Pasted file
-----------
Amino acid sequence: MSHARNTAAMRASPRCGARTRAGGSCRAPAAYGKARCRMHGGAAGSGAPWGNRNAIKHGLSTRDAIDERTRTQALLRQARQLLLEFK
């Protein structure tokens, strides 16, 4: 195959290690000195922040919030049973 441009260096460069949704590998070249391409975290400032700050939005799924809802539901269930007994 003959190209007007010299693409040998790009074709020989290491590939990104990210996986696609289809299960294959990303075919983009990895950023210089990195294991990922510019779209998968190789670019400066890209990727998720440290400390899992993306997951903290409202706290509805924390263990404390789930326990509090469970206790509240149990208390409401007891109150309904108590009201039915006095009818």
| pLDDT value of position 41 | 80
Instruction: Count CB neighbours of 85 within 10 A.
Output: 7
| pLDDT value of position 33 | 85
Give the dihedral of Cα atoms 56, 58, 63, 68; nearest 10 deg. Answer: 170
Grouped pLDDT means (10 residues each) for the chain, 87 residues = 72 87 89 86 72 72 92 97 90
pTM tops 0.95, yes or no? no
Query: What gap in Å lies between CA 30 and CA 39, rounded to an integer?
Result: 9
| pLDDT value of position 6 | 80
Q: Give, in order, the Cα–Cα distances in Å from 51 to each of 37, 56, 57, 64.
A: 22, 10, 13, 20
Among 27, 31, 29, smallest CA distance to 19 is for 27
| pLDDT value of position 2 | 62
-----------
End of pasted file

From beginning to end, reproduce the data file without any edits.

Amino acid sequence: MSHARNTAAMRASPRCGARTRAGGSCRAPAAYGKARCRMHGGAAGSGAPWGNRNAIKHGLSTRDAIDERTRTQALLRQARQLLLEFK
């Protein structure tokens, strides 16, 4: 195959290690000195922040919030049973 441009260096460069949704590998070249391409975290400032700050939005799924809802539901269930007994 003959190209007007010299693409040998790009074709020989290491590939990104990210996986696609289809299960294959990303075919983009990895950023210089990195294991990922510019779209998968190789670019400066890209990727998720440290400390899992993306997951903290409202706290509805924390263990404390789930326990509090469970206790509240149990208390409401007891109150309904108590009201039915006095009818």
| pLDDT value of position 41 | 80
Instruction: Count CB neighbours of 85 within 10 A.
Output: 7
| pLDDT value of position 33 | 85
Give the dihedral of Cα atoms 56, 58, 63, 68; nearest 10 deg. Answer: 170
Grouped pLDDT means (10 residues each) for the chain, 87 residues = 72 87 89 86 72 72 92 97 90
pTM tops 0.95, yes or no? no
Query: What gap in Å lies between CA 30 and CA 39, rounded to an integer?
Result: 9
| pLDDT value of position 6 | 80
Q: Give, in order, the Cα–Cα distances in Å from 51 to each of 37, 56, 57, 64.
A: 22, 10, 13, 20
Among 27, 31, 29, smallest CA distance to 19 is for 27
| pLDDT value of position 2 | 62